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7 Tips For Coping With Holiday Stress

stress-free thanksgiving

The holidays are a magical time to reconnect with loved ones, share food and laughter, and create memories with friends and family. However, the holiday season isn’t all fairy lights and sunny weather – it can also be incredibly stressful.

Whether you’re juggling endless holiday parties, struggling to find the perfect gift for everyone on your list, or dealing with loneliness or painful memories brought on by the season, holiday stress can affect your health and well-being.

The good news? It doesn’t have to be this way every year. Let’s look at a few simple yet effective ways to deal with holiday stress.


There can be a lot of pressure to host the perfect party or find the perfect gift, but during the holiday season, it’s best not to be a perfectionist. Having unrealistically high standards or expectations can increase stress and lead to little to no enjoyment of the holidays and even feelings of failure.

If you struggle with holiday perfectionism, get to know your inner perfectionist and pay attention when you feel overwhelmed. Embrace the idea of the “imperfectly perfect” by challenging yourself to do things somewhat imperfectly. And, of course, remind yourself what the season is really about: being with people you care about, whether the situation is perfect or not.


Prawns, ham, pavlova, endless sugary treats…everyone knows that holiday food is one of the best parts of the season. However, while you should certainly enjoy your share of holiday treats, completely neglecting a balanced diet can not only affect your energy levels, it can also contribute to feelings of stress. When stressed, you may be more likely to eat unhealthy foods, which can make you feel worse, beginning a vicious cycle.

Here are a few tips for eating to cope with stress:

  • Eat your veggies: Fruits and vegetables contain vitamins and minerals like copper, zinc, manganese, and vitamins A, E, and C. These vitamins and minerals work to neutralise harmful molecules produced when your body is under stress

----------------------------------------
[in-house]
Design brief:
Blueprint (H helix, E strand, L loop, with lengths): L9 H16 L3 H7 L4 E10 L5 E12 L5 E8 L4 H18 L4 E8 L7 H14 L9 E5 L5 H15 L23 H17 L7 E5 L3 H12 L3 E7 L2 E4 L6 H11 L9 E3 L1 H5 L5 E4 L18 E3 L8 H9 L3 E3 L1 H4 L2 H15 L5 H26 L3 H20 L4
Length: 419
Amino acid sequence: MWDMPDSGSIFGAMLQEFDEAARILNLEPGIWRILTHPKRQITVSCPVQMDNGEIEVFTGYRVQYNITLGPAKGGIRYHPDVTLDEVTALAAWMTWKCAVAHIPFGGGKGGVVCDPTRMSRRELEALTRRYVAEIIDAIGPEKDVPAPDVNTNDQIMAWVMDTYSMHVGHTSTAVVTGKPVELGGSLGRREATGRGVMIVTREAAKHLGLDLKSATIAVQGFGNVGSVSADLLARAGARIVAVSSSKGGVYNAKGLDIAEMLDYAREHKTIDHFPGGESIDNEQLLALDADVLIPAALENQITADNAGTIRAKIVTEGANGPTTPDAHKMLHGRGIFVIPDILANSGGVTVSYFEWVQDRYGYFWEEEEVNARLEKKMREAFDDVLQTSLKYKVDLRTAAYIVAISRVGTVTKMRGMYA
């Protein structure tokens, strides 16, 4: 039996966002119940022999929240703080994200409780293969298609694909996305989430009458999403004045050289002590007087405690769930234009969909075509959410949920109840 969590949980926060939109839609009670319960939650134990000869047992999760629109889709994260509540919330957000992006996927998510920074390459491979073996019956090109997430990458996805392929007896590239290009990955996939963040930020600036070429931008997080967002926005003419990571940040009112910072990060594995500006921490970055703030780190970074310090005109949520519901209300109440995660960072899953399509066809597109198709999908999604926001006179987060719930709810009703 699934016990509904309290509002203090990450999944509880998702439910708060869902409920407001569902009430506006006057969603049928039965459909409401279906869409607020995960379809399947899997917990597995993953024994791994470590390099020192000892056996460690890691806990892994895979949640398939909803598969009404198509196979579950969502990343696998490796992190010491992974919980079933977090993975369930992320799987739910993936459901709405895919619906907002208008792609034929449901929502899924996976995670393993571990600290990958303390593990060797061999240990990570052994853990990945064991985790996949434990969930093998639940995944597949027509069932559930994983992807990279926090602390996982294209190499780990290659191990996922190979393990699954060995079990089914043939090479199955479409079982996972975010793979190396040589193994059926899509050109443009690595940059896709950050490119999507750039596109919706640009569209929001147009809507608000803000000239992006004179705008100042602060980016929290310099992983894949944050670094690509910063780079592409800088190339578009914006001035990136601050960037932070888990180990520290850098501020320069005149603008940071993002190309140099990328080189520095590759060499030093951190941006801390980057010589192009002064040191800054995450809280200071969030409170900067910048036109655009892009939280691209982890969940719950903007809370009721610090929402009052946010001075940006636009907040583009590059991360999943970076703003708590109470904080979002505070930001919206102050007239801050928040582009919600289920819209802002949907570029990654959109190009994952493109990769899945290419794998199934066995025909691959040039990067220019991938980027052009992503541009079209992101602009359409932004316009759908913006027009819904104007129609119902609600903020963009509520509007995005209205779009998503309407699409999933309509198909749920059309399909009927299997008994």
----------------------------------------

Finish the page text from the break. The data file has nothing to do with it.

• Prioritise polyunsaturated fats: Early research shows that polyunsaturated fats such as omega-3s may help to regulate cortisol levels.
  • Eat regularly: Your brain needs glucose to function optimally. Eating regularly throughout the day helps keep your glucose levels stable and maintain energy when dealing with stressful events.


While the holidays are certainly a time to relax, prioritising exercise is one of the best things you can do to cope with holiday stress. Exercise reduces levels of the body’s stress hormones, such as adrenaline and cortisol. It also stimulates the production of endorphins, chemicals in the brain that are the body’s natural painkillers and mood elevators.

Here are a few simple ways you can stay active this holiday season:

  • Go for a walk with friends or family
  • Try a fun outdoor activity like cricket or swimming
  • Follow an at-home guided workout on YouTube


Coping with holiday stress doesn’t need to be difficult; taking a quality stress supplement is one of the easiest ways to support your body and find relief.

Supplements are a great way to support the body’s ability to resist the effects of everyday stress. Not only can they help you better manage and alleviate occasional stress, but also help you to maintain a positive outlook.